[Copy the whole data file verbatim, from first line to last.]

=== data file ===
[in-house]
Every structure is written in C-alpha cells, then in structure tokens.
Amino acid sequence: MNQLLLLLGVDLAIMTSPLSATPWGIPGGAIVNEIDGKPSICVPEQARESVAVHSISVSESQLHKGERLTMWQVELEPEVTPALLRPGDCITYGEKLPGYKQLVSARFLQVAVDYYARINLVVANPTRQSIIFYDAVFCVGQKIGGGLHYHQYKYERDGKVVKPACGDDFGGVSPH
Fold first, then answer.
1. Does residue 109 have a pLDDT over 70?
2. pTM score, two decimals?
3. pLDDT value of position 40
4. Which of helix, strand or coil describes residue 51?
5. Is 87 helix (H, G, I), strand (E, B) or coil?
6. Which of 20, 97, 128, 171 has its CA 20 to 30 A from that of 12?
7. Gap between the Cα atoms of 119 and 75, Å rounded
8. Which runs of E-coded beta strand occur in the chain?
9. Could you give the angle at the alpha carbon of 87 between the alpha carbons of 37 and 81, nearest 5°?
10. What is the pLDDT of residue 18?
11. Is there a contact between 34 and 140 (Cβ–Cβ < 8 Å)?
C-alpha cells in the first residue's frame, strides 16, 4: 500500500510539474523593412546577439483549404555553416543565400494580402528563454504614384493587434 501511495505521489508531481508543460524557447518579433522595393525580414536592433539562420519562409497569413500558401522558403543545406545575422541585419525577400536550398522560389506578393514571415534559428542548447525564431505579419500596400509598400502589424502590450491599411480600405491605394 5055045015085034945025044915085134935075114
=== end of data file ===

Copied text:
[in-house]
Every structure is written in C-alpha cells, then in structure tokens.
Amino acid sequence: MNQLLLLLGVDLAIMTSPLSATPWGIPGGAIVNEIDGKPSICVPEQARESVAVHSISVSESQLHKGERLTMWQVELEPEVTPALLRPGDCITYGEKLPGYKQLVSARFLQVAVDYYARINLVVANPTRQSIIFYDAVFCVGQKIGGGLHYHQYKYERDGKVVKPACGDDFGGVSPH
Fold first, then answer.
1. Does residue 109 have a pLDDT over 70?
2. pTM score, two decimals?
3. pLDDT value of position 40
4. Which of helix, strand or coil describes residue 51?
5. Is 87 helix (H, G, I), strand (E, B) or coil?
6. Which of 20, 97, 128, 171 has its CA 20 to 30 A from that of 12?
7. Gap between the Cα atoms of 119 and 75, Å rounded
8. Which runs of E-coded beta strand occur in the chain?
9. Could you give the angle at the alpha carbon of 87 between the alpha carbons of 37 and 81, nearest 5°?
10. What is the pLDDT of residue 18?
11. Is there a contact between 34 and 140 (Cβ–Cβ < 8 Å)?
C-alpha cells in the first residue's frame, strides 16, 4: 500500500510539474523593412546577439483549404555553416543565400494580402528563454504614384493587434 501511495505521489508531481508543460524557447518579433522595393525580414536592433539562420519562409497569413500558401522558403543545406545575422541585419525577400536550398522560389506578393514571415534559428542548447525564431505579419500596400509598400502589424502590450491599411480600405491605394 5055045015085034945025044915085134935075114